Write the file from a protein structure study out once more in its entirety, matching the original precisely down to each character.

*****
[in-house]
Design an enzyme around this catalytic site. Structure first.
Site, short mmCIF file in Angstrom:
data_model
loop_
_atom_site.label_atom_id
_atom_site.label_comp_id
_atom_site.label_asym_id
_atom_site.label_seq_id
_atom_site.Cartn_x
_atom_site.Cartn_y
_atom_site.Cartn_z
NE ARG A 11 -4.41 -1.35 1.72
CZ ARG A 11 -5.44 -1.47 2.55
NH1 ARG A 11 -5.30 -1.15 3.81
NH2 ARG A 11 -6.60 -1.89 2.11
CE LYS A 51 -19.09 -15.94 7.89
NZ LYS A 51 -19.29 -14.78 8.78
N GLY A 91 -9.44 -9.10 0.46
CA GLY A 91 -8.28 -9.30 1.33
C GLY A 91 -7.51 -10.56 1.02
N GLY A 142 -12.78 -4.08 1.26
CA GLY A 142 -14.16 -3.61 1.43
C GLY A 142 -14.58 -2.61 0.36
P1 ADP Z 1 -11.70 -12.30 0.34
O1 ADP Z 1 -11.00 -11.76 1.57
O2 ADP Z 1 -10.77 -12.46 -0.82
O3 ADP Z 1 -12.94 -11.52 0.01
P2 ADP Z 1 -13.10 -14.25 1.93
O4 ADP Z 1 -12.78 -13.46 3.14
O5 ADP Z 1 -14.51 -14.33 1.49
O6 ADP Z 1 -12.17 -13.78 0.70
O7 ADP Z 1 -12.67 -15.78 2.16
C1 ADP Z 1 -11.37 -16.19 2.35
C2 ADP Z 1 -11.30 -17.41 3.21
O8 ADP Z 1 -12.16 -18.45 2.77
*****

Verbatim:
[in-house]
Design an enzyme around this catalytic site. Structure first.
Site, short mmCIF file in Angstrom:
data_model
loop_
_atom_site.label_atom_id
_atom_site.label_comp_id
_atom_site.label_asym_id
_atom_site.label_seq_id
_atom_site.Cartn_x
_atom_site.Cartn_y
_atom_site.Cartn_z
NE ARG A 11 -4.41 -1.35 1.72
CZ ARG A 11 -5.44 -1.47 2.55
NH1 ARG A 11 -5.30 -1.15 3.81
NH2 ARG A 11 -6.60 -1.89 2.11
CE LYS A 51 -19.09 -15.94 7.89
NZ LYS A 51 -19.29 -14.78 8.78
N GLY A 91 -9.44 -9.10 0.46
CA GLY A 91 -8.28 -9.30 1.33
C GLY A 91 -7.51 -10.56 1.02
N GLY A 142 -12.78 -4.08 1.26
CA GLY A 142 -14.16 -3.61 1.43
C GLY A 142 -14.58 -2.61 0.36
P1 ADP Z 1 -11.70 -12.30 0.34
O1 ADP Z 1 -11.00 -11.76 1.57
O2 ADP Z 1 -10.77 -12.46 -0.82
O3 ADP Z 1 -12.94 -11.52 0.01
P2 ADP Z 1 -13.10 -14.25 1.93
O4 ADP Z 1 -12.78 -13.46 3.14
O5 ADP Z 1 -14.51 -14.33 1.49
O6 ADP Z 1 -12.17 -13.78 0.70
O7 ADP Z 1 -12.67 -15.78 2.16
C1 ADP Z 1 -11.37 -16.19 2.35
C2 ADP Z 1 -11.30 -17.41 3.21
O8 ADP Z 1 -12.16 -18.45 2.77